I have previously blogged about Second Life at M is for Myg and Are We Not Men. Anyone who has read there will know to have low expectations of my blogging potential. This blog is likely to have a nearly flat trajectory, a good thing in ballistics, not great for an attention hog. Everything Hits at Once is a divestiture of any sense of responsibility to take into account anyone else’s ideas about what this is about when I post. Not that such self-censure happens much with me. It should also not suggest that my fellow bloggers who have generously offered me places to post have ever asked me to limit my expression, or even to conform to some idea or standard with which I did not agree. If there has been any restraint in my limited forays into the SL blogging discourse, it has been of my own design.

With those thoughts in mind, I don’t intend to limit much here, except to maintain some slight anonymity. Posts are likely to be as random as I can make them and topics subject to whim alone. I’m as likely to write about my impending fatherhood and my great loves—literature, music, and politics—as I am SL drama and culture.

Part of me will be humbled if anyone actually reads it, the other part will make much more of your support than it actually means. Welcome to my divided world.

To paraphrase and quote e. e. cummings:

What is to come is for you and for me and not for mostpeople.

—it’s no use trying to pretend that mostpeople and ourselves are alike.  Mostpeople have less in common with ourselves than the squarerootofminusplusone.  You and I are human beings;mostpeople are snobs.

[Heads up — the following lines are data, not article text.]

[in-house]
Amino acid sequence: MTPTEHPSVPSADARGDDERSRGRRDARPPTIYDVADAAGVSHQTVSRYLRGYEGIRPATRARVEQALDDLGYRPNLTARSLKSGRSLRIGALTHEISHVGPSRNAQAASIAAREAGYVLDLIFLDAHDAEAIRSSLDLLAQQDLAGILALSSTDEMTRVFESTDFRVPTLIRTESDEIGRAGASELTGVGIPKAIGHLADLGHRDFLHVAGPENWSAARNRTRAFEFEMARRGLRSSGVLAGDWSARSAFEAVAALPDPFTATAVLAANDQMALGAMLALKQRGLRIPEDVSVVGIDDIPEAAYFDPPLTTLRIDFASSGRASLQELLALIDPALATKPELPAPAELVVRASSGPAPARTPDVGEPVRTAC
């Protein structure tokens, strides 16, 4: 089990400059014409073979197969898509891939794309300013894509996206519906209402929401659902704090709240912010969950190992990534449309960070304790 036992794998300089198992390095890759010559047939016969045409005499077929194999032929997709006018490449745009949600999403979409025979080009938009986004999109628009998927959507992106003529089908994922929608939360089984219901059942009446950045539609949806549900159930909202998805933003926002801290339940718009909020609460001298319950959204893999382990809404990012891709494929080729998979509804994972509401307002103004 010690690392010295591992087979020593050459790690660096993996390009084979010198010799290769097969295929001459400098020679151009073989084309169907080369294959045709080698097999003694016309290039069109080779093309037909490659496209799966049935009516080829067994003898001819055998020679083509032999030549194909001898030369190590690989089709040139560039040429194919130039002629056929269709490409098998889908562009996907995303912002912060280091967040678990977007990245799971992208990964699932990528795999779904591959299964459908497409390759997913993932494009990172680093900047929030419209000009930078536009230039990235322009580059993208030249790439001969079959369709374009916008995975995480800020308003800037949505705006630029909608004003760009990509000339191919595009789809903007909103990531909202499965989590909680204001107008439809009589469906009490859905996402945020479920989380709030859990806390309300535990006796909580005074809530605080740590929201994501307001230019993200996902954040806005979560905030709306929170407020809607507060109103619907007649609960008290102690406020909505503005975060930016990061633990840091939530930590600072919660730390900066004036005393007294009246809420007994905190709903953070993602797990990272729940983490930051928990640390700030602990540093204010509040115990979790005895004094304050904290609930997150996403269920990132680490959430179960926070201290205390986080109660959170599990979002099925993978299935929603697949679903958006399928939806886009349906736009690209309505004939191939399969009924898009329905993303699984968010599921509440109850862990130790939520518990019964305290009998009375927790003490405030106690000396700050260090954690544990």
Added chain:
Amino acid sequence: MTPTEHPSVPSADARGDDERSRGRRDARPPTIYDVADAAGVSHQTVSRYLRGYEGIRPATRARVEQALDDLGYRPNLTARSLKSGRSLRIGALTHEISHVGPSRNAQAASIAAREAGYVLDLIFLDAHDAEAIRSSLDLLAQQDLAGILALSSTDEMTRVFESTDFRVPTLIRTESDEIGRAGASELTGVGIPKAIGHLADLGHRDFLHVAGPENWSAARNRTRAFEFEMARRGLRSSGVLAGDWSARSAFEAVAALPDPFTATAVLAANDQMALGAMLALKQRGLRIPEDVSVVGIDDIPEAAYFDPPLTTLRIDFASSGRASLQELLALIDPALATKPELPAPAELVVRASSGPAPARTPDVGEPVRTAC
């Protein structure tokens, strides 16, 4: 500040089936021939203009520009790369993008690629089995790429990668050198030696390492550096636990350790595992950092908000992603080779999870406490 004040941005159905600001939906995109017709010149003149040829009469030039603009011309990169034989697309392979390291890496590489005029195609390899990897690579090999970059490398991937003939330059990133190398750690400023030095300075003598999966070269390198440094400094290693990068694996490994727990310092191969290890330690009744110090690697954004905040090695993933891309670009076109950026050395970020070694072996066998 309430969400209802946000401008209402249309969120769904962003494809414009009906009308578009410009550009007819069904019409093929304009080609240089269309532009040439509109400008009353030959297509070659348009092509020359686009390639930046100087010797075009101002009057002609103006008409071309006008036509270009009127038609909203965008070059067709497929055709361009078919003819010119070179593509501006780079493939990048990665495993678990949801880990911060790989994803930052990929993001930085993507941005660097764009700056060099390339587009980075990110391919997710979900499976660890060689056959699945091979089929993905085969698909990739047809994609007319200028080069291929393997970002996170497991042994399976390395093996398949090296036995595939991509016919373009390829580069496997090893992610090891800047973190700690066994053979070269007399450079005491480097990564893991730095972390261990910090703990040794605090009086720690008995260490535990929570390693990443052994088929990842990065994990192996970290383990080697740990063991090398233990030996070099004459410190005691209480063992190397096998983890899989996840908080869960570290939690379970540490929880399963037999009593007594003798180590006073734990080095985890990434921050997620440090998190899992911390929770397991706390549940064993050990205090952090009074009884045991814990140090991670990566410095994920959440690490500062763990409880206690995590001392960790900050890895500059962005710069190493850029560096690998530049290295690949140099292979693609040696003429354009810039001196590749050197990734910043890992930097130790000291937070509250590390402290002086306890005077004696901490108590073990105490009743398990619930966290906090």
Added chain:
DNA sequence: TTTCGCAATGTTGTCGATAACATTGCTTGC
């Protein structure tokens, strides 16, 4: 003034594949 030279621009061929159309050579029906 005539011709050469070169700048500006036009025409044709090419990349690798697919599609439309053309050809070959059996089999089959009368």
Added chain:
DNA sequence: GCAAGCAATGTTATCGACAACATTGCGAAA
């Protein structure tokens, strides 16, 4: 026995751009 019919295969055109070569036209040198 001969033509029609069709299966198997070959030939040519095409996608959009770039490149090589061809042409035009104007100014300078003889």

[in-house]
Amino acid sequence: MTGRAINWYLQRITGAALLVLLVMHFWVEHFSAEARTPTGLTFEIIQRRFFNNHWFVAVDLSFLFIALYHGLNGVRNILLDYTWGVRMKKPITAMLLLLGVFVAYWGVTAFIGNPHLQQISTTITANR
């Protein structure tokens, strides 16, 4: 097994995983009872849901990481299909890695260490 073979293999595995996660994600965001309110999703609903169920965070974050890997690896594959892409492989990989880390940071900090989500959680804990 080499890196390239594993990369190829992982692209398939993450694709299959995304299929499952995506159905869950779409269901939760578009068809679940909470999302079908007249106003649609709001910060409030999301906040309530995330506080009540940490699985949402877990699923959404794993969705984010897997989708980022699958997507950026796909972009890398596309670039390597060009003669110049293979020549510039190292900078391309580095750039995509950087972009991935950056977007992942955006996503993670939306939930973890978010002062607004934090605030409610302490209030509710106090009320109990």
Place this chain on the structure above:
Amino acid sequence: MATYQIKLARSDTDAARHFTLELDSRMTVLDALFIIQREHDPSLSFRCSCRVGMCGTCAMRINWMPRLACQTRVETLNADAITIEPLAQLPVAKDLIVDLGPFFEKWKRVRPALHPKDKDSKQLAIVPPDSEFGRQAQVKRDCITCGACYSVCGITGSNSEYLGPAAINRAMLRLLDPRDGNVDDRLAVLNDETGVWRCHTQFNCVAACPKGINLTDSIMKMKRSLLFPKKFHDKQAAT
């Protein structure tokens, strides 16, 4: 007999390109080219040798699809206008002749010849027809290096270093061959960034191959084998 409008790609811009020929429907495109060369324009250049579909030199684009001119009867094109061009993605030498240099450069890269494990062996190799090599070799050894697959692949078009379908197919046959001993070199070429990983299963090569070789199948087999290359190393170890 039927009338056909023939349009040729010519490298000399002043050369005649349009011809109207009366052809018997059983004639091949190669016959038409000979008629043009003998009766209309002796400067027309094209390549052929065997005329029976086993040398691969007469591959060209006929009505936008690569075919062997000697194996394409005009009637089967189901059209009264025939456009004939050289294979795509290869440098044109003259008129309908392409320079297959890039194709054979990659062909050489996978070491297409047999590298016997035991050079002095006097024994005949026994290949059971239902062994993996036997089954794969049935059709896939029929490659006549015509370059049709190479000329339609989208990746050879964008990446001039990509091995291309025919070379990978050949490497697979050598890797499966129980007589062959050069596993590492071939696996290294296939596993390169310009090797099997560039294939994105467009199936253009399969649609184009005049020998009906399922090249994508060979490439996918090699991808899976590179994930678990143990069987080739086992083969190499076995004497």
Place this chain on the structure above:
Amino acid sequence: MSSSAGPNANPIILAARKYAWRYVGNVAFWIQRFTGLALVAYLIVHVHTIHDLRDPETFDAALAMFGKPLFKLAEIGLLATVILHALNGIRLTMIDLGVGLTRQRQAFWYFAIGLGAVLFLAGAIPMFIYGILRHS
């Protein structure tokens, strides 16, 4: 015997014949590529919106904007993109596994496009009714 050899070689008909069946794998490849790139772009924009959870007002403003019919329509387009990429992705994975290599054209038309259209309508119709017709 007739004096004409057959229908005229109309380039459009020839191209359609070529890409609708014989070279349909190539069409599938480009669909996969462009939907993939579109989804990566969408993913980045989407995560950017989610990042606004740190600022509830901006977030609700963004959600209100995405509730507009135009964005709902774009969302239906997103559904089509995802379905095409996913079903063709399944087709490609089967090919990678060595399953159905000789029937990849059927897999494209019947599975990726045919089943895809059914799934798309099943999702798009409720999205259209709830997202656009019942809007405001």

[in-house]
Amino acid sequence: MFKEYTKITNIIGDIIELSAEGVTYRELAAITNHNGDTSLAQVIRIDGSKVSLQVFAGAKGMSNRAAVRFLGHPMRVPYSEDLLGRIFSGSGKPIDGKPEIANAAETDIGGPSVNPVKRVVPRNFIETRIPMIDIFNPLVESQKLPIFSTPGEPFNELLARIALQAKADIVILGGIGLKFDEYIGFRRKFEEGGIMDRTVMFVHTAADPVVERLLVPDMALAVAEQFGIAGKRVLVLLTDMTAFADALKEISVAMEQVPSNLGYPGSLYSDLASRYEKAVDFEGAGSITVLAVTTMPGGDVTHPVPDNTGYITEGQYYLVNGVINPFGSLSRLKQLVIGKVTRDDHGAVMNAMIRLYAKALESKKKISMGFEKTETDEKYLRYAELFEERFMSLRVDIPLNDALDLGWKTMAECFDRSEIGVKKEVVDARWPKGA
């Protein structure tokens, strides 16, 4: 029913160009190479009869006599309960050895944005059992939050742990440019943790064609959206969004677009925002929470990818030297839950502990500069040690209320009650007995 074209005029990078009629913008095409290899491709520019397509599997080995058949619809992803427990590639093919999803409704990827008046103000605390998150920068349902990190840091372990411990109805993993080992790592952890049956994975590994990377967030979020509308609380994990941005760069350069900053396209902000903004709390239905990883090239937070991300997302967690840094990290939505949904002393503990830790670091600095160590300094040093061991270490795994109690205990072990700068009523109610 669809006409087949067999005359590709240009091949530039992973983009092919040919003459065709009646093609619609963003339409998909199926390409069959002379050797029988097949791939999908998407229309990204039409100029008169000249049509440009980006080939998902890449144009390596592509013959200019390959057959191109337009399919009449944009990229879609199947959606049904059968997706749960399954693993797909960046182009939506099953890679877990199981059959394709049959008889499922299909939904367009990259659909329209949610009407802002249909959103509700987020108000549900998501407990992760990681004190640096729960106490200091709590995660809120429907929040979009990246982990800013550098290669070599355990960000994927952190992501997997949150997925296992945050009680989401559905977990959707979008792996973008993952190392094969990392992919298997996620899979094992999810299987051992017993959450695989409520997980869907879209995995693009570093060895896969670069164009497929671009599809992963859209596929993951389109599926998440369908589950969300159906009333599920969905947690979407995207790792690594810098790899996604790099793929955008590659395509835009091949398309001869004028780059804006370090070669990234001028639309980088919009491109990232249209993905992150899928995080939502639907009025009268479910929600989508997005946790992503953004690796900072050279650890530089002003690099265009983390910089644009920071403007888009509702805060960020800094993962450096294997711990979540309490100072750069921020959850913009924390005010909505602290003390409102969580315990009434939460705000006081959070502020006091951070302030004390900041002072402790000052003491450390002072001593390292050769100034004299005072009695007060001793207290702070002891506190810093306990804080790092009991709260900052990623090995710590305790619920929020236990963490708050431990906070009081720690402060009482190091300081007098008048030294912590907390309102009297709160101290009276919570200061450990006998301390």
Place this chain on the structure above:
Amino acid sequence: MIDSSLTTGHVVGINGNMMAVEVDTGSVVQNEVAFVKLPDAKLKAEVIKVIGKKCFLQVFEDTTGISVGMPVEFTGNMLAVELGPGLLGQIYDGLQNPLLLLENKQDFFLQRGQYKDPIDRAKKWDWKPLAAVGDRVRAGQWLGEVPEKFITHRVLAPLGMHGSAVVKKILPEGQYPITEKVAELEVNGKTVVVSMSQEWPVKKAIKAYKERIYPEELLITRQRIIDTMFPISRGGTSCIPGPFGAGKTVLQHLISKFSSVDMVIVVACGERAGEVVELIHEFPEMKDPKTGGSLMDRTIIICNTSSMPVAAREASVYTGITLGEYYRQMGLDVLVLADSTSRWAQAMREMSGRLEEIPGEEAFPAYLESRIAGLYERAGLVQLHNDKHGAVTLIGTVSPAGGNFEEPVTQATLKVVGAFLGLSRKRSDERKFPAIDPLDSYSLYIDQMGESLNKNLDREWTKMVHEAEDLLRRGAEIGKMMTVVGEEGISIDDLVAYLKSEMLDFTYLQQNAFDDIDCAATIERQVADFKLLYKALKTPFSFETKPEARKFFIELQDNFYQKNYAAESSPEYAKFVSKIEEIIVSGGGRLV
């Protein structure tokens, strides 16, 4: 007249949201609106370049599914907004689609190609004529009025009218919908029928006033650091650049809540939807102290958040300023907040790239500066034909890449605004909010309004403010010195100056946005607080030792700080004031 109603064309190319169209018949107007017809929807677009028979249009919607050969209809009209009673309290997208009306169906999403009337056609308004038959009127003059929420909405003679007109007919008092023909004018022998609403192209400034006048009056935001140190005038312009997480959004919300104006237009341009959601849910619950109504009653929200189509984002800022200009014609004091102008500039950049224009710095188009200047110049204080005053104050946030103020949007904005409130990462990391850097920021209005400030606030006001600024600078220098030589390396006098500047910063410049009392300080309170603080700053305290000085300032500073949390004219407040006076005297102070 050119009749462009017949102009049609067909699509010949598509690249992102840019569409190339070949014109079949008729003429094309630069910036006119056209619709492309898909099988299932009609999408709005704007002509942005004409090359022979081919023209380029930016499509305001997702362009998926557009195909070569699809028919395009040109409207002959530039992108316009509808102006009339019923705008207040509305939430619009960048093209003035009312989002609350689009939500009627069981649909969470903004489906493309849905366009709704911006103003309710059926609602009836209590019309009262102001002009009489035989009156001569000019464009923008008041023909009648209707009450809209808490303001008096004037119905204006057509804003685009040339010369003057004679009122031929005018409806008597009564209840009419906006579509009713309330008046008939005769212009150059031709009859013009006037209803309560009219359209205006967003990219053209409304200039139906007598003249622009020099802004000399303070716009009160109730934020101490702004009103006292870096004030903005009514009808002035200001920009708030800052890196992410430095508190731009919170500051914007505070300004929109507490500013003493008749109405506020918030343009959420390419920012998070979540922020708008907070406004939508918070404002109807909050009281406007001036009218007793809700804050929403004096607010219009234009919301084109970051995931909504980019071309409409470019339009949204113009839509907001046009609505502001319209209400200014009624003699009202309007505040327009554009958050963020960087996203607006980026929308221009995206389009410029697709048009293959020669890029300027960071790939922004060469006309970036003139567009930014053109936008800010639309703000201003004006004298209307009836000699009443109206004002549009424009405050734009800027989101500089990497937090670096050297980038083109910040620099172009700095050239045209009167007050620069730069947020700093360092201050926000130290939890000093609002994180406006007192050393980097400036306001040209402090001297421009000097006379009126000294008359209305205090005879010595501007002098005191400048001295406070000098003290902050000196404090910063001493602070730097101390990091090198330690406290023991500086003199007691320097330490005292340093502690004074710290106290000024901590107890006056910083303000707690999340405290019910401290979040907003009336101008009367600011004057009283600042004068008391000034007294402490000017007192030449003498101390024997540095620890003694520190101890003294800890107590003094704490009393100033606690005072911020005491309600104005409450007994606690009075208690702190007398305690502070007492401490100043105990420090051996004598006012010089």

Take the matter of being born.  What does being born mean to mostpeople?  Catastrophe unmitigated.  Socialrevolution.  The cultured aristocrat yanked out of his hyperexclusivity ultravoluptuous superpalazzo,and dumped into an incredibly vulgar detentioncamp swarming with every conceivable species of undesirable organism.  Mostpeople fancy a guaranteed birthproof safetysuit of nondestructable selflessness.  If most people were born twice they’d probably call it dying—

Those of us who are denizens of the metaverse know this better than most.

The fuck of Fuck

Fuck the fucking fuckers, you fucks, you’re fucking fucked. Because you fucking fucked the fuck, you think that you’re the fuck. Every fucking day you fuck. You fuck and fuck and fuck. Your fucking with the fuckers is so fucked I want to fuck.

To every fucking fucker who fucks like you’re the fuck: You may fuck like fucking Fuck itself, but in the end you’re fucked. All you fucking fucks who fuck too fucking much, fuck off and fuck another fuck, but fucking heed this, fuck: The fuck will fuck your fuck.

I know some fuck is thinking “Fuck no, I’m not fucking fucked. I’m the motherfucker who can fucking fuck the fuck.”  Fuck you, you cannot fuck the fuck, and here’s the fucking fuck. When you fuck like you’re the fucking Fuck of Fuck, then you are really fucked. The fuck will fuck you fucking hard and fuck you fucking good. So fucking fuck, you fucks, and fuck a couple more, then fuck the fucking fucker just to fuck the fucking score, because when you’re fucking fucked, you are really fucking fucked. The fuck will fuck you faster than you can fucking fuck. You’ve fucking fucked up and the fuck has fucked your fuck. Once you fucking fucked the fuck and now you’re fucked, you fuck.

Tip o’ the hat to Jack Wagner.